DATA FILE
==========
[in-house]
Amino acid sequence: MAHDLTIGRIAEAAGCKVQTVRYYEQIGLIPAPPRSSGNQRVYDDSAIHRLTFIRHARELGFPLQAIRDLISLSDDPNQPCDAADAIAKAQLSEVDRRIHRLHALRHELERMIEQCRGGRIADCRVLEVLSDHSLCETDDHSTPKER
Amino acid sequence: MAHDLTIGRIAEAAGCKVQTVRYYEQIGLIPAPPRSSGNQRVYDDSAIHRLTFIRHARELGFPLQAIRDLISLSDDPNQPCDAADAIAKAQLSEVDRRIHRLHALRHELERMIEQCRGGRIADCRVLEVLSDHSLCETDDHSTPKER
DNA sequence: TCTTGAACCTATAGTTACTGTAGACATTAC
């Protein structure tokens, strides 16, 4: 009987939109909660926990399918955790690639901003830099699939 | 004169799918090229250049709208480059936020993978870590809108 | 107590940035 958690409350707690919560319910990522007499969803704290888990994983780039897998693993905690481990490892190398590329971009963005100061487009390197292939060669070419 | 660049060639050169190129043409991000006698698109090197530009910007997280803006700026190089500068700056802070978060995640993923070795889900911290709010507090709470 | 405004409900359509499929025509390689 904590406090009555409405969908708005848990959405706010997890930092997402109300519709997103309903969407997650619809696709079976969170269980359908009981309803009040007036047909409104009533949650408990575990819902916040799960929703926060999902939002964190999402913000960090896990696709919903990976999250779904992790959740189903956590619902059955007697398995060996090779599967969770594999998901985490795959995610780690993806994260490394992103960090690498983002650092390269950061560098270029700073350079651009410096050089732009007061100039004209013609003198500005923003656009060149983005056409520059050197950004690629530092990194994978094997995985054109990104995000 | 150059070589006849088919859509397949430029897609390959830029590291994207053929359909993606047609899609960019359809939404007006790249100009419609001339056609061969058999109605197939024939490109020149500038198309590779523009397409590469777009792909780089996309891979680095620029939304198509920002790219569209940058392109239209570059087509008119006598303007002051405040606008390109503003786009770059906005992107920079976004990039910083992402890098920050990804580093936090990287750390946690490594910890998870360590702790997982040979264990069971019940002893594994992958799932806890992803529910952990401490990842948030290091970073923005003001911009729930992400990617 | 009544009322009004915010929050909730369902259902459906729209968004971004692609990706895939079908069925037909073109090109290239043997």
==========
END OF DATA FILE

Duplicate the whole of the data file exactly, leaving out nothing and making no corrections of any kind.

[in-house]
Amino acid sequence: MAHDLTIGRIAEAAGCKVQTVRYYEQIGLIPAPPRSSGNQRVYDDSAIHRLTFIRHARELGFPLQAIRDLISLSDDPNQPCDAADAIAKAQLSEVDRRIHRLHALRHELERMIEQCRGGRIADCRVLEVLSDHSLCETDDHSTPKER
Amino acid sequence: MAHDLTIGRIAEAAGCKVQTVRYYEQIGLIPAPPRSSGNQRVYDDSAIHRLTFIRHARELGFPLQAIRDLISLSDDPNQPCDAADAIAKAQLSEVDRRIHRLHALRHELERMIEQCRGGRIADCRVLEVLSDHSLCETDDHSTPKER
DNA sequence: TCTTGAACCTATAGTTACTGTAGACATTAC
């Protein structure tokens, strides 16, 4: 009987939109909660926990399918955790690639901003830099699939 | 004169799918090229250049709208480059936020993978870590809108 | 107590940035 958690409350707690919560319910990522007499969803704290888990994983780039897998693993905690481990490892190398590329971009963005100061487009390197292939060669070419 | 660049060639050169190129043409991000006698698109090197530009910007997280803006700026190089500068700056802070978060995640993923070795889900911290709010507090709470 | 405004409900359509499929025509390689 904590406090009555409405969908708005848990959405706010997890930092997402109300519709997103309903969407997650619809696709079976969170269980359908009981309803009040007036047909409104009533949650408990575990819902916040799960929703926060999902939002964190999402913000960090896990696709919903990976999250779904992790959740189903956590619902059955007697398995060996090779599967969770594999998901985490795959995610780690993806994260490394992103960090690498983002650092390269950061560098270029700073350079651009410096050089732009007061100039004209013609003198500005923003656009060149983005056409520059050197950004690629530092990194994978094997995985054109990104995000 | 150059070589006849088919859509397949430029897609390959830029590291994207053929359909993606047609899609960019359809939404007006790249100009419609001339056609061969058999109605197939024939490109020149500038198309590779523009397409590469777009792909780089996309891979680095620029939304198509920002790219569209940058392109239209570059087509008119006598303007002051405040606008390109503003786009770059906005992107920079976004990039910083992402890098920050990804580093936090990287750390946690490594910890998870360590702790997982040979264990069971019940002893594994992958799932806890992803529910952990401490990842948030290091970073923005003001911009729930992400990617 | 009544009322009004915010929050909730369902259902459906729209968004971004692609990706895939079908069925037909073109090109290239043997």